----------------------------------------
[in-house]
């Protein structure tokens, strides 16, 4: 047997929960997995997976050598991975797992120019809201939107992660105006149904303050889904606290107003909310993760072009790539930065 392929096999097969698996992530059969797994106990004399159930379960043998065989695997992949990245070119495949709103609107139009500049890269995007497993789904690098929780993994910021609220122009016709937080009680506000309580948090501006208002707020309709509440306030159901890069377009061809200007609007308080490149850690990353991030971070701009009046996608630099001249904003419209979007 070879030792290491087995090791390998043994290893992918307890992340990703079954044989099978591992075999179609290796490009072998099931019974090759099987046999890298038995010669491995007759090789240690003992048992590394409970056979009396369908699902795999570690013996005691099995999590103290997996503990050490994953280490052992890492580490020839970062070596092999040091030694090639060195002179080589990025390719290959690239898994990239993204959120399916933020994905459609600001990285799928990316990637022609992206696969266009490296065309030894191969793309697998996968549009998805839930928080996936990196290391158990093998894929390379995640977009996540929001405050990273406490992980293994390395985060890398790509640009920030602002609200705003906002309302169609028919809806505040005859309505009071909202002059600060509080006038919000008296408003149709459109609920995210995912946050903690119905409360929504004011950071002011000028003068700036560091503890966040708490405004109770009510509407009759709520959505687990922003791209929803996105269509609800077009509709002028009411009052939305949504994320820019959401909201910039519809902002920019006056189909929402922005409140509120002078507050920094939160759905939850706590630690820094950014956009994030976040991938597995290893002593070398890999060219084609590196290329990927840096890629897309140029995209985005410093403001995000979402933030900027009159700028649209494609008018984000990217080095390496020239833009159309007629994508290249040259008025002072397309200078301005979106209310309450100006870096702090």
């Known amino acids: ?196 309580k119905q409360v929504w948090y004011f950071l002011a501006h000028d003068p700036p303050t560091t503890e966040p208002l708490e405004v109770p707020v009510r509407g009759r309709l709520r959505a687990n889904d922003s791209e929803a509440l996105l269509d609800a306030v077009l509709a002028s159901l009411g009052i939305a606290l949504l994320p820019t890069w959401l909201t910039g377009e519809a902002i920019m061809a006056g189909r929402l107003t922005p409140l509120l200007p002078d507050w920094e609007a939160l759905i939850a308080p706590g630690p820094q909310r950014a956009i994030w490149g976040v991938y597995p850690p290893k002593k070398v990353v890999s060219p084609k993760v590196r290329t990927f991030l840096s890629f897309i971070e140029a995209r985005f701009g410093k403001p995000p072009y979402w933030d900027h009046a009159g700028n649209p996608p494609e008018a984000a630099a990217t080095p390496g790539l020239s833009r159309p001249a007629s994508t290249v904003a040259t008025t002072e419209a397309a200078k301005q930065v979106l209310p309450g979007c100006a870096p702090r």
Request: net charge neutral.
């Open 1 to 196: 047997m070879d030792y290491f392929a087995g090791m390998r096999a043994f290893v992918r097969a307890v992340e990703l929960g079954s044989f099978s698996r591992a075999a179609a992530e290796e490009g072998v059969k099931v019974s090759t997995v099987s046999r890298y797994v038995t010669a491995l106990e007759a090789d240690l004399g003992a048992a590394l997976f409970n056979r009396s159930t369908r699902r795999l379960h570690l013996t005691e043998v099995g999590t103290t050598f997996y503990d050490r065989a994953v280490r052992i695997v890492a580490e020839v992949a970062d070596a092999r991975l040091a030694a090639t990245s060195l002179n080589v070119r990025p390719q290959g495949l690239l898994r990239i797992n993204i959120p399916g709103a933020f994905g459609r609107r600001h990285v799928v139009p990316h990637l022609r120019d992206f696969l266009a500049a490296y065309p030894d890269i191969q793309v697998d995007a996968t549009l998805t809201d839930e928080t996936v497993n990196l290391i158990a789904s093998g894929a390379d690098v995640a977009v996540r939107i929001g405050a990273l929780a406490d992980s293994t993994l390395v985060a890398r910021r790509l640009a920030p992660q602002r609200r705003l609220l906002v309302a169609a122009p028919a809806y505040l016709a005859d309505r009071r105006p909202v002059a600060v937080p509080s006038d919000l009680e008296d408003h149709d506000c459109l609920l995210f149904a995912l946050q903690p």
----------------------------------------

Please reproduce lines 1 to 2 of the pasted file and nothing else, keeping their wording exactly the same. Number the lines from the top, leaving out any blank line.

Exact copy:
[in-house]
């Protein structure tokens, strides 16, 4: 047997929960997995997976050598991975797992120019809201939107992660105006149904303050889904606290107003909310993760072009790539930065 392929096999097969698996992530059969797994106990004399159930379960043998065989695997992949990245070119495949709103609107139009500049890269995007497993789904690098929780993994910021609220122009016709937080009680506000309580948090501006208002707020309709509440306030159901890069377009061809200007609007308080490149850690990353991030971070701009009046996608630099001249904003419209979007 070879030792290491087995090791390998043994290893992918307890992340990703079954044989099978591992075999179609290796490009072998099931019974090759099987046999890298038995010669491995007759090789240690003992048992590394409970056979009396369908699902795999570690013996005691099995999590103290997996503990050490994953280490052992890492580490020839970062070596092999040091030694090639060195002179080589990025390719290959690239898994990239993204959120399916933020994905459609600001990285799928990316990637022609992206696969266009490296065309030894191969793309697998996968549009998805839930928080996936990196290391158990093998894929390379995640977009996540929001405050990273406490992980293994390395985060890398790509640009920030602002609200705003906002309302169609028919809806505040005859309505009071909202002059600060509080006038919000008296408003149709459109609920995210995912946050903690119905409360929504004011950071002011000028003068700036560091503890966040708490405004109770009510509407009759709520959505687990922003791209929803996105269509609800077009509709002028009411009052939305949504994320820019959401909201910039519809902002920019006056189909929402922005409140509120002078507050920094939160759905939850706590630690820094950014956009994030976040991938597995290893002593070398890999060219084609590196290329990927840096890629897309140029995209985005410093403001995000979402933030900027009159700028649209494609008018984000990217080095390496020239833009159309007629994508290249040259008025002072397309200078301005979106209310309450100006870096702090």